|Background & History|
Firefly’s revolutionary battery technology was born in the Research and Development laboratory of Caterpillar, Inc., a world-renowned manufacturer of heavy equipment. Like any good company, Caterpillar spends a substantial amount of revenue looking for ways to improve its products.
Caterpillar has long been a consumer of batteries for its many heavy equipment products. These, products/equipment, by their very nature, put a severe strain on batteries. Heat and cold extremes, severe vibration, and prolonged periods of disuse between jobs all go with the territory for heavy equipment batteries. CAT has always set tough standards for the batteries supplied with their products, and in the late 1990's decided to put its own brand name on these sourced products. After a time, Caterpillar began experiencing higher-than-normal customer complaints from the field. Further investigation revealed that although the batteries’ quality and performance hadn’t eroded, the customers’ expectations were heightened by the Caterpillar branding!
With a new corporate focus on improving batteries, CAT electronics turned the issue over to their R&D arm. Kurt Kelley (now Firefly’s Chief Technology Officer) was given the task of addressing the two main failure modes of a lead acid battery: Short life caused by corrosion (of the battery’s positive plate) and sulfation (of the battery’s negative plate). In short, Kelley’s task was, first of all, to find a corrosion-resistant material that could take the place of much of the lead within a traditional battery and secondly, to take advantage of the material’s properties to configure it in such a way that the battery’s energy-producing chemistry could be harnessed in a more efficient manner.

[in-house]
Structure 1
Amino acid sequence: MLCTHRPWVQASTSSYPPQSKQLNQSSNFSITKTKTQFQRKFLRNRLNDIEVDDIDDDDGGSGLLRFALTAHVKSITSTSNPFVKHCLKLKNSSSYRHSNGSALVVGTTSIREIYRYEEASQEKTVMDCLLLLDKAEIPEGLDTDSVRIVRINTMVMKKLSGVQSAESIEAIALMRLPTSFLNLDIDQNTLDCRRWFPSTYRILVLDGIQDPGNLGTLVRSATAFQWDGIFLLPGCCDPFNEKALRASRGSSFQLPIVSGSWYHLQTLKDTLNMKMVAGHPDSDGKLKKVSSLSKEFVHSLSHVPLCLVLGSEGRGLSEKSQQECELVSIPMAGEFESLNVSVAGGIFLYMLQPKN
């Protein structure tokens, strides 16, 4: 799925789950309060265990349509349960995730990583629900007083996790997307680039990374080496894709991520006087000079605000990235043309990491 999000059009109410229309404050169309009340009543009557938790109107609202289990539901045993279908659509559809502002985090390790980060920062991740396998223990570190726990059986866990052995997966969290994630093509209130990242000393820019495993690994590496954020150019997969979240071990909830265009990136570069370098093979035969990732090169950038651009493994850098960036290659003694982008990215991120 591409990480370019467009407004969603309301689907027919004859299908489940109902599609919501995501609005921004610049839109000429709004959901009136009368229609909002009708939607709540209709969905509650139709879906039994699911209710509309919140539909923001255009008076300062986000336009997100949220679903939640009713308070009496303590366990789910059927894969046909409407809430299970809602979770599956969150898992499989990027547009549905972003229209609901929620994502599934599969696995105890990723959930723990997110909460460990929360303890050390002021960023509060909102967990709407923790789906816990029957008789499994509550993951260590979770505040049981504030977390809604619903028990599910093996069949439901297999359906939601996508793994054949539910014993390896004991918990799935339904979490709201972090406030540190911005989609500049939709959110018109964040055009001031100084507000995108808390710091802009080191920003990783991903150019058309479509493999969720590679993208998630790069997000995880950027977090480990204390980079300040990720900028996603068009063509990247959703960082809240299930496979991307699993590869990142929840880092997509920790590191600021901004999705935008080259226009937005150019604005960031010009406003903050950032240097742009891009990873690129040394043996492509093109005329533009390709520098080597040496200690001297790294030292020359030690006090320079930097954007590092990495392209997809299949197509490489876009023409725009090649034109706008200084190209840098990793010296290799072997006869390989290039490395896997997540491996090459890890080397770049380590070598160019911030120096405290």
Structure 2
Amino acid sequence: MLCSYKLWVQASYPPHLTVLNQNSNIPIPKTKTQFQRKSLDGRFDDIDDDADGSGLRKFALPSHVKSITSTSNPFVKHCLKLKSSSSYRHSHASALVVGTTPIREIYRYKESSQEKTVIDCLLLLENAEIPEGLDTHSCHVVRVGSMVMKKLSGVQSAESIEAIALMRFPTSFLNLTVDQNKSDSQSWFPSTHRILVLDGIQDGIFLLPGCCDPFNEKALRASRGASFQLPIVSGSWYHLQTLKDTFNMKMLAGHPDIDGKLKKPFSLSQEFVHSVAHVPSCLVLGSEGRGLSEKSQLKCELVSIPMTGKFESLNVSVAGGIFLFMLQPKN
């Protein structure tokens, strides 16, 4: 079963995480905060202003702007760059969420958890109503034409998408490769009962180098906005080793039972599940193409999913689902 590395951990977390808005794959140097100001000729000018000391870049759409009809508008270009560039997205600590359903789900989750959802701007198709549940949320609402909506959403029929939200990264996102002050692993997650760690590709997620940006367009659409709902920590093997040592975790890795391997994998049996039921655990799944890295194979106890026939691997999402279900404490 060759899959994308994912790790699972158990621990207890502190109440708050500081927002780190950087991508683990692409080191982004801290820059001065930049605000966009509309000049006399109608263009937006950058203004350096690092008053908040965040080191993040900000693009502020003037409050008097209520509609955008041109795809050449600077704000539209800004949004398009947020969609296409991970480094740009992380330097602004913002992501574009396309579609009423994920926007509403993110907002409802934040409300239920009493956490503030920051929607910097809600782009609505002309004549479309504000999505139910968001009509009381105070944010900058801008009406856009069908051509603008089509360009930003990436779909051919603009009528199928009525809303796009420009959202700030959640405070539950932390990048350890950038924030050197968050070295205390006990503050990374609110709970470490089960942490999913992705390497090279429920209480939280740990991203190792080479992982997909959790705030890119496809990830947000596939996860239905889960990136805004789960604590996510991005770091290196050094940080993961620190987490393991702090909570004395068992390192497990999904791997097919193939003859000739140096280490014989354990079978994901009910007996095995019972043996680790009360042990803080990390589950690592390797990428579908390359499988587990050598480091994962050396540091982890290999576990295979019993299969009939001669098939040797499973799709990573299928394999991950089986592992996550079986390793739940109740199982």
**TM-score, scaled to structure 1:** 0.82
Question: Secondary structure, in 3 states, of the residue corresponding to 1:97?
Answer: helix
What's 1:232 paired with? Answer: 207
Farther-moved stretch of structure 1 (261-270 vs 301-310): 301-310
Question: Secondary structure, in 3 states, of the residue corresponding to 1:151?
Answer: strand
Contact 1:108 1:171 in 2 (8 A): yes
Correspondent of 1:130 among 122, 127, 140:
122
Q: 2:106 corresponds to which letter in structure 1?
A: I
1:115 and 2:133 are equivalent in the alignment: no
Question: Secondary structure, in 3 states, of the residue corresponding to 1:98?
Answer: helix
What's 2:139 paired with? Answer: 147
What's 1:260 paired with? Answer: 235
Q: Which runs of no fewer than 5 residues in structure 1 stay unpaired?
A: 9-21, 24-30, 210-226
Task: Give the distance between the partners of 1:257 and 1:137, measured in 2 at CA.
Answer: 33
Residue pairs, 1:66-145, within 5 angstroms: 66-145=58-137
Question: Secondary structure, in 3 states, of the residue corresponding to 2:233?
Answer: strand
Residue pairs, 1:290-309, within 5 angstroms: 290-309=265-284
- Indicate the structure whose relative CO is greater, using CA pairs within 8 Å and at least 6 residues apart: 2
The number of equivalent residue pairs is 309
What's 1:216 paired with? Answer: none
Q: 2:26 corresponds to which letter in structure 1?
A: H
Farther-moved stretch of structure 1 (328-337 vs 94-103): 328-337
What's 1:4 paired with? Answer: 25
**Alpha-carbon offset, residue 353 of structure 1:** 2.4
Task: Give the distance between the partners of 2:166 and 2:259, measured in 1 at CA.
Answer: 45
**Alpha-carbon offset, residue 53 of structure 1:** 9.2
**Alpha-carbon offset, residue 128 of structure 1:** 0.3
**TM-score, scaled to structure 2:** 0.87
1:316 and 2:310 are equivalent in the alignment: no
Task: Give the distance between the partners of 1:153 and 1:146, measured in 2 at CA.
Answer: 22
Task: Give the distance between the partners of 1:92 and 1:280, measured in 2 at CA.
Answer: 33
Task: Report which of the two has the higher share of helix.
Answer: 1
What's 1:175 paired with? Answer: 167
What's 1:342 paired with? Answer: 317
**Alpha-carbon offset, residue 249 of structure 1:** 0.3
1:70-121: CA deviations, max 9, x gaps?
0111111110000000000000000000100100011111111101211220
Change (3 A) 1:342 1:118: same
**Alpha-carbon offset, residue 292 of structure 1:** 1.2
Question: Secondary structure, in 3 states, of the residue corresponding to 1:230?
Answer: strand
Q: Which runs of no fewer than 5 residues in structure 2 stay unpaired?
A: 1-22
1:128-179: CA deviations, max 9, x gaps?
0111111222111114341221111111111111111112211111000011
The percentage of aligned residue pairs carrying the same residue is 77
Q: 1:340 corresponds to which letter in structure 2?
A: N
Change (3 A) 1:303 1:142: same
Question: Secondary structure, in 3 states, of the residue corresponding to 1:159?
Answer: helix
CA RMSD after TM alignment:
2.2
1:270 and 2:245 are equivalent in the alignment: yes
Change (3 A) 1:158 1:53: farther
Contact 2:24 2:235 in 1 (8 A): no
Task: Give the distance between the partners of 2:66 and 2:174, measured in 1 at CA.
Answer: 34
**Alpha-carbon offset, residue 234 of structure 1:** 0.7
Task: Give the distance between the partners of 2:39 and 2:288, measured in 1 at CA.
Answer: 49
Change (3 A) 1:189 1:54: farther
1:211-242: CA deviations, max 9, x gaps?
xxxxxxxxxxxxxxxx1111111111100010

In microcell composite foam, Kelley found a material that fulfilled both requirements. Through lengthy research, he was able to configure the material in such a way that it not only survived in the harsh lead acid chemistry, but actually thrived.
This begs the question as to why such an important discovery was made by Caterpillar and not by a company directly involved in the battery industry. It’s interesting to note that the previous major advancement in the lead acid battery industry was the valve-regulated lead acid (VRLA) battery. This invention was created, not by a battery manufacturing company, but by a rubber hose and belt company – Gates. The parallel is clear; smart materials scientists with the backing of major corporations, unconstrained by traditional mental roadblocks and preconceptions of how to design and optimize a battery!
Upon becoming convinced of the potential of this new concept, Caterpillar executive management decided in 2003 to provide seed funding for a separate business solely dedicated to the new technology. Firefly Energy was born!